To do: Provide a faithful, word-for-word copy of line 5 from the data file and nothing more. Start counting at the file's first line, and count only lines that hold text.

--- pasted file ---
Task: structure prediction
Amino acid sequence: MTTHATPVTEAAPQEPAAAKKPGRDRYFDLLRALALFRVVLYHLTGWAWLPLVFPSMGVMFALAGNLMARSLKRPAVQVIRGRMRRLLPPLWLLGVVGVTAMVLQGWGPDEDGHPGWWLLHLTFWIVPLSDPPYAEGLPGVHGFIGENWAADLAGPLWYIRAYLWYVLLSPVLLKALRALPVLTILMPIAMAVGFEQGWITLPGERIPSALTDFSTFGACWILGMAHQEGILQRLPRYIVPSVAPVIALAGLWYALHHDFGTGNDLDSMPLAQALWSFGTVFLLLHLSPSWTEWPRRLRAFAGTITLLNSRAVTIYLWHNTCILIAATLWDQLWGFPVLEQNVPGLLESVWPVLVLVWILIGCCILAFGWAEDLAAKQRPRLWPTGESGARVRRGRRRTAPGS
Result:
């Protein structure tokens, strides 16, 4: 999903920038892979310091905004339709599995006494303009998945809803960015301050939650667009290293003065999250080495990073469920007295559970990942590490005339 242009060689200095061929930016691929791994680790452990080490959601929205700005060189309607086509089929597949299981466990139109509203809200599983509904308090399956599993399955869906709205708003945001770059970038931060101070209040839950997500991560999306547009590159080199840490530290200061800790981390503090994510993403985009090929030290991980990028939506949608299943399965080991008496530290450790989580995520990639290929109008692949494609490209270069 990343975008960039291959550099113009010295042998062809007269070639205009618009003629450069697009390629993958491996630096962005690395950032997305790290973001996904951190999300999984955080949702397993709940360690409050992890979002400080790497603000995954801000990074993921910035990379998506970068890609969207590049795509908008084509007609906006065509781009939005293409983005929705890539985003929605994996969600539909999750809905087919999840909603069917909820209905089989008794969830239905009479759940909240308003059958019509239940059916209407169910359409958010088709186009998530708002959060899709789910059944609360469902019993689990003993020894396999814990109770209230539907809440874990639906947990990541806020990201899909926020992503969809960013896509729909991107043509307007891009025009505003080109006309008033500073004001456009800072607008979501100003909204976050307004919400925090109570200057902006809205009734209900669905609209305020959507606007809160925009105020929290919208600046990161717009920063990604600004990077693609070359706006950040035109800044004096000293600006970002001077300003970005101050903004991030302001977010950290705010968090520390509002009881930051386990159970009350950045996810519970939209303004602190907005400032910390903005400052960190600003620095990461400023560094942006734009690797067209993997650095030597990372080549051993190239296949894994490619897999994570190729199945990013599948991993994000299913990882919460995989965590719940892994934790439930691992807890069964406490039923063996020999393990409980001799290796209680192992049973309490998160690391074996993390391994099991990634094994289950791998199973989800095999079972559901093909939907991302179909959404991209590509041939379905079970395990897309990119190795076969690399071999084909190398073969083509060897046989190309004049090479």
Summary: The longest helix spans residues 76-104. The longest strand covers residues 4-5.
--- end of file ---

Summary: The longest helix spans residues 76-104. The longest strand covers residues 4-5.